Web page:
In May of 1999 I was fortunate enough to be present at the announcement of the alliance between Dow Jones and Reuters that gave birth to the company we know today as Factiva. There was much fanfare and presumed hopefulness in the air as two of the world's most dominant sources of business information unveiled an alliance that would provide a powerful combined archive and technology platforms to take on LexisNexis, Dialog and other business information aggregators. The promise of an expanding market awaited all.
Today after six years of slow growth at Factiva Reuters is in essence returning its seed investment with the announcement of its selling its half-stake to its venture partner Dow Jones for USD 160 million. Given that the original combined assets of this joint venture were estimated at USD 225 million that doesn't make for a terribly glamorous return on Reuters' investment but it's enough to provide a graceful exit into a straight licensing relationship and to free both partners to pursue markets as they may.
While Factiva has progressed since those early days in many ways, it's finding its future not as a world-beating business information aggregator but rather as a provider of niche-oriented business information services that focus on value-add on top of their broad collection of news and information sources. That's good for Factiva but limiting for Reuters, whose pursuit of growth for its business information is taking it far more aggressively and broadly into online markets that reach today's professionals than Dow Jones has dared to venture with its business information offerings thus far. Factiva also has much to gain by a deeper integration with core Dow Jones assets - a move that the Reuters/Factiva relationship could only hinder.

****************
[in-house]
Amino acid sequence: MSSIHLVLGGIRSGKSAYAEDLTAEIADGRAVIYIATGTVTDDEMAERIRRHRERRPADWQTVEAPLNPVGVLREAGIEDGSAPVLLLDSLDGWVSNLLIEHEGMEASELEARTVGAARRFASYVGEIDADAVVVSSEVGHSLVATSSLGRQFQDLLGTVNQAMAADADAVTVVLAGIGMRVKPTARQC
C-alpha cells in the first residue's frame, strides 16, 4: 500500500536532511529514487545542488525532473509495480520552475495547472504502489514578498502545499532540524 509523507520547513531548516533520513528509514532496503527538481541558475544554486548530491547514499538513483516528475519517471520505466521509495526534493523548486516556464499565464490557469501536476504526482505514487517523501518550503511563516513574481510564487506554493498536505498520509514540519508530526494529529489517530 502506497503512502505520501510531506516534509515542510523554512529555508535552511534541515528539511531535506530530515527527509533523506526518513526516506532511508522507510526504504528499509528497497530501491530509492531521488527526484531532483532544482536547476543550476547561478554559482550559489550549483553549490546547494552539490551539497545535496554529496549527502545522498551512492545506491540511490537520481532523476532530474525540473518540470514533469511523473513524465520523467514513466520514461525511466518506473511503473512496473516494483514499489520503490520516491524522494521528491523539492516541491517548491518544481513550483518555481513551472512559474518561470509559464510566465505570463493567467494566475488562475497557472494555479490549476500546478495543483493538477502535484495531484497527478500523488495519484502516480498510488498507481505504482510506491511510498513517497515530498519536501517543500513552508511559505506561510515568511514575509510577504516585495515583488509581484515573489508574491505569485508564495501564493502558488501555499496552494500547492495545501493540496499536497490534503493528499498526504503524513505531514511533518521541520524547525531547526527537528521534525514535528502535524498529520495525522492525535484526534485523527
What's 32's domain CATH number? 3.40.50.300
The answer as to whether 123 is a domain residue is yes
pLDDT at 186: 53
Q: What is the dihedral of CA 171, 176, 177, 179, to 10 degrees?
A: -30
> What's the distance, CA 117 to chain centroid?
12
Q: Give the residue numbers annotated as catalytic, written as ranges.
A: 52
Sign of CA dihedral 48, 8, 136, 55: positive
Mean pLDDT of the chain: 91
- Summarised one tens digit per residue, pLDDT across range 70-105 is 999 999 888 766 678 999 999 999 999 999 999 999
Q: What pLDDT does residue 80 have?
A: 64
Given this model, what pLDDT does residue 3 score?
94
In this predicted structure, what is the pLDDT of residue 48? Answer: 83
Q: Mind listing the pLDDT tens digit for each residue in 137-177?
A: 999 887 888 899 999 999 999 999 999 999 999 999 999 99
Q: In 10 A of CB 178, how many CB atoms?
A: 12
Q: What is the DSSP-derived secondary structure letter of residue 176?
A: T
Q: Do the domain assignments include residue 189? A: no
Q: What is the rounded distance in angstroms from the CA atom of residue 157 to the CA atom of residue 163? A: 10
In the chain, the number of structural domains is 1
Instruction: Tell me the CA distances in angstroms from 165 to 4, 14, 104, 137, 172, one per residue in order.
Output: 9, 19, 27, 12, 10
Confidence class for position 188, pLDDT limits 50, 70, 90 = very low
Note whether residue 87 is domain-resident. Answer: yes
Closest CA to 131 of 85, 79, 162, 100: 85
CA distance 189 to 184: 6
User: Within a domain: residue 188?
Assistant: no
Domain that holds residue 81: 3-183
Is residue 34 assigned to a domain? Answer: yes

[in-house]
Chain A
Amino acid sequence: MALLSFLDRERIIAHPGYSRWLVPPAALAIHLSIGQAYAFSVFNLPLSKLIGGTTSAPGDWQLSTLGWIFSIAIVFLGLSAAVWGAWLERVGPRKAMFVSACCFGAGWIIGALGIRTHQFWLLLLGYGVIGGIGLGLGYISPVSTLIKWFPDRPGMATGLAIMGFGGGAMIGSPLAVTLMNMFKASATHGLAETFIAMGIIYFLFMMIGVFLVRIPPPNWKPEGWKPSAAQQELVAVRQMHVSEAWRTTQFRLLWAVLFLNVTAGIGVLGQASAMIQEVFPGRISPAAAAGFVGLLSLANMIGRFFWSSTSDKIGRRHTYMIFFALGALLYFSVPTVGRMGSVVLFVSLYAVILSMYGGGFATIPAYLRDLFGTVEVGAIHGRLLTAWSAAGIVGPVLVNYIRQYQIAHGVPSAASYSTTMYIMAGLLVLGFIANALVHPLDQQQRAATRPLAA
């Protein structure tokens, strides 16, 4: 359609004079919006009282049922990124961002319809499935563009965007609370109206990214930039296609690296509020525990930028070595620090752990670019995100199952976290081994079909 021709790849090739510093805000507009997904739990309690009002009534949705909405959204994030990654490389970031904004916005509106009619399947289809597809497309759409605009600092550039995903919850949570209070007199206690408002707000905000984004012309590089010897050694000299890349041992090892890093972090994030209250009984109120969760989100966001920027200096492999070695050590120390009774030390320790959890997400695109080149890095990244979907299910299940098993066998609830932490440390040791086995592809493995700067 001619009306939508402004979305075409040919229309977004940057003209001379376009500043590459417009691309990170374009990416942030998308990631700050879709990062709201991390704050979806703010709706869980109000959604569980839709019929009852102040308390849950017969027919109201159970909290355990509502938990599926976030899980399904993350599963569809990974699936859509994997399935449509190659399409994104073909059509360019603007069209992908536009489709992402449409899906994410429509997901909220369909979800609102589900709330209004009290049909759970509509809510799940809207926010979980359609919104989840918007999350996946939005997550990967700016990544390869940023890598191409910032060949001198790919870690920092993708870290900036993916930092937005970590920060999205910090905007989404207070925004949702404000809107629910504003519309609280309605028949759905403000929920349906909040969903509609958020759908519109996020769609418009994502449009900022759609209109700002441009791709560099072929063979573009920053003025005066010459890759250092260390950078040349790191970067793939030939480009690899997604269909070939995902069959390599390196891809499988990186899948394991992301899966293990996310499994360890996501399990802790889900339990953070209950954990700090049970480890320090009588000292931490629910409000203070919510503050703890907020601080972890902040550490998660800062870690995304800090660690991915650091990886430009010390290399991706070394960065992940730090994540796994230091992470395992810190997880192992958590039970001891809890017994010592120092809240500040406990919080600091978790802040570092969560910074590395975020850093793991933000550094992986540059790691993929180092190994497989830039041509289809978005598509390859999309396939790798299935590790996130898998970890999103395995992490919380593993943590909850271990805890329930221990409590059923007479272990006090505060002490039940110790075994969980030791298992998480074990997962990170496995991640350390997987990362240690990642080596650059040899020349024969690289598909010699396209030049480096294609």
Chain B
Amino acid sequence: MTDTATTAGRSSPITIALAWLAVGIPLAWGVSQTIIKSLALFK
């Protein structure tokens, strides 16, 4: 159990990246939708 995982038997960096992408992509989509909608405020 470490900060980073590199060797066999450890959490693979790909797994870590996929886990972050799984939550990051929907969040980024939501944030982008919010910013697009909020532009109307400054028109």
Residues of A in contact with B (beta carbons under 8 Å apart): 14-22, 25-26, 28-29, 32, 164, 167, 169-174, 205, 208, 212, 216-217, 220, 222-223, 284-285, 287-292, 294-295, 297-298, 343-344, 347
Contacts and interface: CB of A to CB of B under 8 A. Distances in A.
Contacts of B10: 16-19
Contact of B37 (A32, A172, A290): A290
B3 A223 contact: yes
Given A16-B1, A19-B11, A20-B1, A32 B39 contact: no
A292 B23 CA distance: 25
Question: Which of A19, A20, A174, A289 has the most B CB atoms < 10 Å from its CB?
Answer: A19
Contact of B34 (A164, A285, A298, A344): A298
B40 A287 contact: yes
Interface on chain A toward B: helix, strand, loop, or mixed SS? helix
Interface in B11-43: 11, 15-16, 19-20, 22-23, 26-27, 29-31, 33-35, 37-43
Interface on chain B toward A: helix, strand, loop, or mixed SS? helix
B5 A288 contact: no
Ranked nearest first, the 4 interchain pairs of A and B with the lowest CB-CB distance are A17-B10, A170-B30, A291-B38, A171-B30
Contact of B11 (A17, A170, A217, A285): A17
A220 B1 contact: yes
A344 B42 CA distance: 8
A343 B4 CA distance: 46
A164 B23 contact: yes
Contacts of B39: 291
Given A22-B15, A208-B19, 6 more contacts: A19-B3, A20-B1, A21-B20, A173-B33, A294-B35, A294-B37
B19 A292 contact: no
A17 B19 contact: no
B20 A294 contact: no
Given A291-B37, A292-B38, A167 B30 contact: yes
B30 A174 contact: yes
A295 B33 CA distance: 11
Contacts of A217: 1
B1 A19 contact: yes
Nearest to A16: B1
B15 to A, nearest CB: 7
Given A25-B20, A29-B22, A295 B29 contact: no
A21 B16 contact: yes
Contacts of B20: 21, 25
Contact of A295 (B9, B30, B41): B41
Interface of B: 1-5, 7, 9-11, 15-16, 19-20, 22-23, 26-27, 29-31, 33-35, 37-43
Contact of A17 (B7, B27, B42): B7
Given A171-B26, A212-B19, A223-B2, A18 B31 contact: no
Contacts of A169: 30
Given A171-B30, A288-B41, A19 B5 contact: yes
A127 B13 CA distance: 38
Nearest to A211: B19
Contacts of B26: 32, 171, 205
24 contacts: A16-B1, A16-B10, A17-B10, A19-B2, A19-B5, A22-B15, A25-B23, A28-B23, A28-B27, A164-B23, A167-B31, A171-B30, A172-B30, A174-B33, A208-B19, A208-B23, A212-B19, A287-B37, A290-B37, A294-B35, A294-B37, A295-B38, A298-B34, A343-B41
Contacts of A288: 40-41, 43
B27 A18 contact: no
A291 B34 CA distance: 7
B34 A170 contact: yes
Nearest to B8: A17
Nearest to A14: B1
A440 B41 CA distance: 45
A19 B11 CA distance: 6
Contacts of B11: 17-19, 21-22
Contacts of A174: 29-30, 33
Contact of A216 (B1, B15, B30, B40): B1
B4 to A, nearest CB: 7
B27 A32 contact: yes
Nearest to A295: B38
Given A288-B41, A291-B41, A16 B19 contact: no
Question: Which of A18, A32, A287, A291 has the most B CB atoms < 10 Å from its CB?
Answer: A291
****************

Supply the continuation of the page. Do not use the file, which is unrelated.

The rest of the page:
Given the paltry rate of return that Reuters has garnered out of the Factiva relationship and the growing strength of the Reuters online media offerings it's a good a time as any for Reuters to move on to relationships that will yield them more exposure for their content and services. This may mean that Reuters will pursue a broader array of licensing deals with other vendors - perhaps even a Google? - but with much of their content already available through major online portals it's more a way for Reuters and Dow Jones to call off the brotherly love act that had long faded away and to move into more effective competitive stances. Both parties have little to lose and much to gain from calling it a day at this point - and only themselves to blame if they don't make the most of the opportunity.